Mind & Body

Poor Sleep in the over 50s Is Linked to More Negative Perceptions of Aging

TIMENovember 29, 2021

For people over 50, poor sleep has been linked to more negative perceptions of aging, which can impact mental, physical, and cognitive health. A new study led by the University of Exeter found that middle-aged people who rated their sleep the worst also felt older and had a lower image of their own physical and mental aging.

Researchers analyzed 4,482 people aged 50 and over who were part of the PROTECT study. This innovative online study includes participants who take regular cognitive tests and complete lifestyle questionnaires.

The study found that many participants were discussing the difficulty in sleeping as part of standard questionnaires. One participant commented, “How I feel fluctuates widely depending on my sleep. I feel great if I get six hours, so about half the time I feel younger, and half the time I feel older!”

Another comment read, “I have chronic pain problems and get very little sleep which impacts my life quite a lot.”

2nd Questionnaire

After seeing these comments, the research team decided to conduct a secondary questionnaire looking specifically at sleep. All participants were asked whether they had experienced a list of negative age-related changes, such as less energy, poor memory, decreased motivation, and dependence on the help of others. All participants completed both questionnaires twice, one year apart.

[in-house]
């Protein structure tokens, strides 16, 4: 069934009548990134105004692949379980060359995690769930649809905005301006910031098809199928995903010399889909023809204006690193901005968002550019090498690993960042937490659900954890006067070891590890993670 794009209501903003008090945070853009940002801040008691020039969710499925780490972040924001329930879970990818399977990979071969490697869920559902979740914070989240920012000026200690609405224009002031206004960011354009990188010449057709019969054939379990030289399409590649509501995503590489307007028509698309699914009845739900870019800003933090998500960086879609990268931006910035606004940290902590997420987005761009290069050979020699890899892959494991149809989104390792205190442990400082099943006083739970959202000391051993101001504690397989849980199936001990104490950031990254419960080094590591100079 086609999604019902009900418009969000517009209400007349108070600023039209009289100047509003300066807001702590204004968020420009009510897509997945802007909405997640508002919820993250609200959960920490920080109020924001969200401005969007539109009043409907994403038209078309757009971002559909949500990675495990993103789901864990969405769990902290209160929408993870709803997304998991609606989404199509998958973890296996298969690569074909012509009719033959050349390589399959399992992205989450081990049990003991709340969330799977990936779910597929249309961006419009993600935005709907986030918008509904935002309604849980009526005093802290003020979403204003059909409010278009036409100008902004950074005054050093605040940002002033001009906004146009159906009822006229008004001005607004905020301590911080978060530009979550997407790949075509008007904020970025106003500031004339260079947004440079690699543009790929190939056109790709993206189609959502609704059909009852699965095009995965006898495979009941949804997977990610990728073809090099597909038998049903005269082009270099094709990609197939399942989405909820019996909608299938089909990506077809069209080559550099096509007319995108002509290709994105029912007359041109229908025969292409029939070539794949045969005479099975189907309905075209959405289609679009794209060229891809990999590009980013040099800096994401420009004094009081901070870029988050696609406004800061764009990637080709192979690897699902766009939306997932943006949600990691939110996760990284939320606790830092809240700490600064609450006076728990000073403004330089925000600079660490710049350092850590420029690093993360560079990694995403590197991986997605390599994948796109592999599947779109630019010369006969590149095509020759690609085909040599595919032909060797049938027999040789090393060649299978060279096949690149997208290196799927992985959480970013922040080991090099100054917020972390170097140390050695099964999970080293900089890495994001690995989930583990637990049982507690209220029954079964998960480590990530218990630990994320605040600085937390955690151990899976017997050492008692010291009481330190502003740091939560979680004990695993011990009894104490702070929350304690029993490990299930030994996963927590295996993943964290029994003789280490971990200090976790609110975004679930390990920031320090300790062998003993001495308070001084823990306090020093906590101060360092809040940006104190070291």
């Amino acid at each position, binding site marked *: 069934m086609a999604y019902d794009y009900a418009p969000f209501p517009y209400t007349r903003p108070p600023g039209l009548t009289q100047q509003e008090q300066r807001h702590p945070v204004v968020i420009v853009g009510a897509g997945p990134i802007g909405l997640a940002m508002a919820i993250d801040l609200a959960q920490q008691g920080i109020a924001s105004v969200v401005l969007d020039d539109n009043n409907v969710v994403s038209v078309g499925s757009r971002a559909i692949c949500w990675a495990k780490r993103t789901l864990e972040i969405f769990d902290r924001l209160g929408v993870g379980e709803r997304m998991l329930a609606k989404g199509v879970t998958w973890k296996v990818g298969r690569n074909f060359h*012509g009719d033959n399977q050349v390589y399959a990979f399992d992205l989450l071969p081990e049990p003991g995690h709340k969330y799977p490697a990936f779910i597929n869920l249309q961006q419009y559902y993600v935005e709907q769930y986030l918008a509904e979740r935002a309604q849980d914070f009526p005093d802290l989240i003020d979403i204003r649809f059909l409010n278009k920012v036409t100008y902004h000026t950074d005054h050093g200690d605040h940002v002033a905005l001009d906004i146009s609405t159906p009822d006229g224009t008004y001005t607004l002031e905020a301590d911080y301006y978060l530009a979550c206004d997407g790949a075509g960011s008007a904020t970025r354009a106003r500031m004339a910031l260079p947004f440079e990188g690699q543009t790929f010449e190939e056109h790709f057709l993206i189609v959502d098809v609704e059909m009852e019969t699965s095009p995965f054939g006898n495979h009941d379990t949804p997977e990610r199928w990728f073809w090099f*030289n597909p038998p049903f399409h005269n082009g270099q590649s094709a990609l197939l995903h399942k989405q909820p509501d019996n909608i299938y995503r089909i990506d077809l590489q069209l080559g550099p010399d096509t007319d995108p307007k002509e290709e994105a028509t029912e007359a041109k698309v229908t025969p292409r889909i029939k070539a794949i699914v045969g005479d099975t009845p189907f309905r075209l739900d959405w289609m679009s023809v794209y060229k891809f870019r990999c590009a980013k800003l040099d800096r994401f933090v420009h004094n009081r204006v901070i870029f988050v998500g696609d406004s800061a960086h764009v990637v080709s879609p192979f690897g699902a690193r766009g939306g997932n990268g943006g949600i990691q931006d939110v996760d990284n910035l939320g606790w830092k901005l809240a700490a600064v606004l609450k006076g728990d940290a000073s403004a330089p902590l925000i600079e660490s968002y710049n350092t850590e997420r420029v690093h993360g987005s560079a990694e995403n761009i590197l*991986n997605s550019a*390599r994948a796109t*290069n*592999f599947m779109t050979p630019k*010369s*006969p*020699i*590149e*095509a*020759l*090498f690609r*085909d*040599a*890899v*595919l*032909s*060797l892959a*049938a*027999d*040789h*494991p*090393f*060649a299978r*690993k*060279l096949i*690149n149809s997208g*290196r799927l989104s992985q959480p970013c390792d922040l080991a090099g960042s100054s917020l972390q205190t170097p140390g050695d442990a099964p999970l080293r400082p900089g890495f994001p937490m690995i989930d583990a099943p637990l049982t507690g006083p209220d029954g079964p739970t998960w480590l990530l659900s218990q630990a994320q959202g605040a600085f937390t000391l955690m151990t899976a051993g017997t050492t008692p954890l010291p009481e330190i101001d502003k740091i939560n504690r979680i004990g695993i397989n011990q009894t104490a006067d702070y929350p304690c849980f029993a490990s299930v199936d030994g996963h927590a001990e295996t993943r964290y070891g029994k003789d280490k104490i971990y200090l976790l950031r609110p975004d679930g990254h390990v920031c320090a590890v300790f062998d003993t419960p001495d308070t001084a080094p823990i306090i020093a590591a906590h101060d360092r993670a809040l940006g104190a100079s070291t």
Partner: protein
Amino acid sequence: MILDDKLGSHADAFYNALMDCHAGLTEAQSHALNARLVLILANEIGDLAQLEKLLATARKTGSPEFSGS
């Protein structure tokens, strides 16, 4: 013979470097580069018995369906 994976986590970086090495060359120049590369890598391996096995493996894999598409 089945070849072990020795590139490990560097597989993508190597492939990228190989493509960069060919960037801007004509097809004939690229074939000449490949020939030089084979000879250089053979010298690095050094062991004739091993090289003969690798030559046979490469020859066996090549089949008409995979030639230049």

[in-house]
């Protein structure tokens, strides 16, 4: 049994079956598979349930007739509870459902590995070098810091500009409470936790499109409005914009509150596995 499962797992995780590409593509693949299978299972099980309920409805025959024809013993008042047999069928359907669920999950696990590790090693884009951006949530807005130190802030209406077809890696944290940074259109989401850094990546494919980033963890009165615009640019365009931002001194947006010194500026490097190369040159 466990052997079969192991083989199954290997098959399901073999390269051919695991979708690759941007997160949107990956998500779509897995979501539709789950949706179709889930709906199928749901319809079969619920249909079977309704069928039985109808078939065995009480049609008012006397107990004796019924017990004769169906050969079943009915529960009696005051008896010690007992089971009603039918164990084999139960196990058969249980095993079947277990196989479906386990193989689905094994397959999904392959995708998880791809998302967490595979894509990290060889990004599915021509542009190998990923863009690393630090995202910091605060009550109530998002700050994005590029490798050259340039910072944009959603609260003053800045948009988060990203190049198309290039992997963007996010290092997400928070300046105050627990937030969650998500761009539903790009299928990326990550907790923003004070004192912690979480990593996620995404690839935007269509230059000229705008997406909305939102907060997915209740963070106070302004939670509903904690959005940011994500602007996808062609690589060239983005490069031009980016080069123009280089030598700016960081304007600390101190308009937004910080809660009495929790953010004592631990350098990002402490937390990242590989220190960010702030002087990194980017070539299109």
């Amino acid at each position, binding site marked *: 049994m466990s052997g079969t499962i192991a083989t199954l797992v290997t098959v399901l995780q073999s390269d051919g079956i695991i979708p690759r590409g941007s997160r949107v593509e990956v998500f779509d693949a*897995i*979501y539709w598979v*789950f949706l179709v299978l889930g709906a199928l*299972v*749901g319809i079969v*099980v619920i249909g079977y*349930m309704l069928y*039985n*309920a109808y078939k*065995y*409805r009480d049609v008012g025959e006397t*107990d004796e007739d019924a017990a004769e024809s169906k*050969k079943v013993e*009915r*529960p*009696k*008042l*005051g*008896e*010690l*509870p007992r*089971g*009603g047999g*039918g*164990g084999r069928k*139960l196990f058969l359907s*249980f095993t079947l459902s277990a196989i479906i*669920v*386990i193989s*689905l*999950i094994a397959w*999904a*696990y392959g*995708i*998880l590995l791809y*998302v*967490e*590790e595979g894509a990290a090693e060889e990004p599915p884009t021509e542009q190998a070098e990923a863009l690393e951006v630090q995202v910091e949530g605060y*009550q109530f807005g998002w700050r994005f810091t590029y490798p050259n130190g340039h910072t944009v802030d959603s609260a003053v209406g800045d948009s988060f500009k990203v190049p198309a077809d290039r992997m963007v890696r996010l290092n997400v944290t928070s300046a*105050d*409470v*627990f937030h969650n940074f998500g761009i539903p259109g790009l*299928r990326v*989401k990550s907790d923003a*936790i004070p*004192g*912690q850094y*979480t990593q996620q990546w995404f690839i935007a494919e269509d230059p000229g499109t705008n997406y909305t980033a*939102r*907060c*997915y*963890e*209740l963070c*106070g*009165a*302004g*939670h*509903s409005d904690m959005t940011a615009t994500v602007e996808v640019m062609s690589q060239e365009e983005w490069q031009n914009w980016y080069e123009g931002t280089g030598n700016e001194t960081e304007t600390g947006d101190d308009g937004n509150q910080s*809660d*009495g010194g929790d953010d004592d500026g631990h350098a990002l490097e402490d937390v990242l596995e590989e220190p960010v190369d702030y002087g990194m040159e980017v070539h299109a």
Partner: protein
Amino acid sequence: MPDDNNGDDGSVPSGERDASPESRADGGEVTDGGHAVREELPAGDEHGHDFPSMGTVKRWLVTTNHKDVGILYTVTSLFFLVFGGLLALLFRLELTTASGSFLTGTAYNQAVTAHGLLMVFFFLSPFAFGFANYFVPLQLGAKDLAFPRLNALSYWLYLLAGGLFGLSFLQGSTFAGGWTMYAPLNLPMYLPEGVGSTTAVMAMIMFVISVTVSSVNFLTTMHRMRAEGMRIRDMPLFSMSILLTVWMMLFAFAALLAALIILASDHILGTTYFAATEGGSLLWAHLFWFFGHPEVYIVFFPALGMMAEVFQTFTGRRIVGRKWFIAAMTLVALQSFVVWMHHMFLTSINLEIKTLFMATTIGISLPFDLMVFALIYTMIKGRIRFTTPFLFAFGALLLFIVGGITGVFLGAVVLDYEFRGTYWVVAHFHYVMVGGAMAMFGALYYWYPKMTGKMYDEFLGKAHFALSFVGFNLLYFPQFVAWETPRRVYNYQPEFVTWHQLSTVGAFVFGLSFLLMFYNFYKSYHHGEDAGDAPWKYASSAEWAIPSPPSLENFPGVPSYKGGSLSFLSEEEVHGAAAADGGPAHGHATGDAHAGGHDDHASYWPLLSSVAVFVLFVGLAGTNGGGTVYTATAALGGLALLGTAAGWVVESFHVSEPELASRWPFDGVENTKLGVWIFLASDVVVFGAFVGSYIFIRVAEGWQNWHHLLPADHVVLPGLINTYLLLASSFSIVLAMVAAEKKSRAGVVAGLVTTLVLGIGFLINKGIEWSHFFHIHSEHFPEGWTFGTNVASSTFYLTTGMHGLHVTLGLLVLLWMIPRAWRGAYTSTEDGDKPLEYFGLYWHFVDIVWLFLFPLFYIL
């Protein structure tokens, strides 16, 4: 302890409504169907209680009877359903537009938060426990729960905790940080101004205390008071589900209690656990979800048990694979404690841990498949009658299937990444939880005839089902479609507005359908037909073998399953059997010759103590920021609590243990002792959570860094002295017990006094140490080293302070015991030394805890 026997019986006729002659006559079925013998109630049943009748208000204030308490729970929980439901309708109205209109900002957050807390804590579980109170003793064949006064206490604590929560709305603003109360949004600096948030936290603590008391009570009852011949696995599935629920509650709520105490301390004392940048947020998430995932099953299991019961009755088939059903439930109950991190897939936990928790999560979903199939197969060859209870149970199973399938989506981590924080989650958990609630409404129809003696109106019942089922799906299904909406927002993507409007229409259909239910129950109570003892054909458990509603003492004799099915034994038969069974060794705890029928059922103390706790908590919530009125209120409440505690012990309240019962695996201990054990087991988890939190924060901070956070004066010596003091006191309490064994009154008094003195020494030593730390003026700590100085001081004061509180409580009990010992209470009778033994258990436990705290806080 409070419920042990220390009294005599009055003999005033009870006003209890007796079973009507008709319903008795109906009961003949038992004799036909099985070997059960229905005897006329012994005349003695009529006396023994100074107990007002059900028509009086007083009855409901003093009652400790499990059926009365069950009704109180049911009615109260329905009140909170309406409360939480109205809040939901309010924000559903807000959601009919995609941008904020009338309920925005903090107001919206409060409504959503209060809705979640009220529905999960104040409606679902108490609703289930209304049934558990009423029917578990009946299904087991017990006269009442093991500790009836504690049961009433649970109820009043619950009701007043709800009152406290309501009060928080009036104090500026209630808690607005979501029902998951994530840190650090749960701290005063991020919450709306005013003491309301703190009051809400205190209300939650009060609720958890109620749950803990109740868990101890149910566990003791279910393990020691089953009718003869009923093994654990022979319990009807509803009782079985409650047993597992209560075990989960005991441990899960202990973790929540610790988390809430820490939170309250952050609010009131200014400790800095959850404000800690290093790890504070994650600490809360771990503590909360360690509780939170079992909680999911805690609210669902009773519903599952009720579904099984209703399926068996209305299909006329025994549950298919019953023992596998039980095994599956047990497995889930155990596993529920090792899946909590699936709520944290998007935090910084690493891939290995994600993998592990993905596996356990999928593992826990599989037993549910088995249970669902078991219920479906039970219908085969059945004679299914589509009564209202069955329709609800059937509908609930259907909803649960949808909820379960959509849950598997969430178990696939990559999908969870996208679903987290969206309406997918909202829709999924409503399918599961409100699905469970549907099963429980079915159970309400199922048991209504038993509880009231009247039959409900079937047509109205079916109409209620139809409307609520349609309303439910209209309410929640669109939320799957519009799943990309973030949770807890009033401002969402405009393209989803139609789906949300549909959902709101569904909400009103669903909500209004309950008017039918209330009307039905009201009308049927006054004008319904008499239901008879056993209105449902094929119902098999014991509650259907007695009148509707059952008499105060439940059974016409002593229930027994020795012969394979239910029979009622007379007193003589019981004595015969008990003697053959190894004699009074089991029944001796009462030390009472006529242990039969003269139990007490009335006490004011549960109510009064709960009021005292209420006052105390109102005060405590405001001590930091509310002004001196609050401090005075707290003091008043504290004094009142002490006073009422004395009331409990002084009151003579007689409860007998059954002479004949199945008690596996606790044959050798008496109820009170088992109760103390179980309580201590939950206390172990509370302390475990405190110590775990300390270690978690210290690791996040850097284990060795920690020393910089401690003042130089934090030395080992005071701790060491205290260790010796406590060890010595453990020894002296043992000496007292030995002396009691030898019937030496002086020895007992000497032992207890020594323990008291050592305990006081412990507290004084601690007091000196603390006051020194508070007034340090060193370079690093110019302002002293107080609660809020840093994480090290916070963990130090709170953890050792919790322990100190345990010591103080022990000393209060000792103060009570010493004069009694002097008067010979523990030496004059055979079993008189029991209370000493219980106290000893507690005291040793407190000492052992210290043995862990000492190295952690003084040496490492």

The lead author of the study, professor Clive Ballard said, “This research is an important part of the growing body of evidence about the crucial role of sleep in healthy aging. We now need more people to sign up to PROTECT, to help us understand further. We’ve got some exciting trials ahead on how to optimize sleep in some particularly vulnerable groups, such as people with dementia in care homes.”

This study helps to show that as we age, everyone may experience both positive and negative changes in many areas of their life, including poor sleep. However, some people perceive more negative changes than others, which can be detrimental to future physical health, mental health, and cognitive health.

Sarah Cownley earned a diploma in nutritional therapy from Health Sciences Academy in London. She enjoys helping others by teaching healthy lifestyle changes through her personal consultations and with her regular contributions to the Doctors Health Press. This article was originally published on Bel Marra Health.

Sarah has a diploma in Nutritional Therapy from Health Sciences Academy in London, England, and enjoys helping others by teaching healthy lifestyle changes through her personal consultations and with her regular contributions to the Doctors Health Press.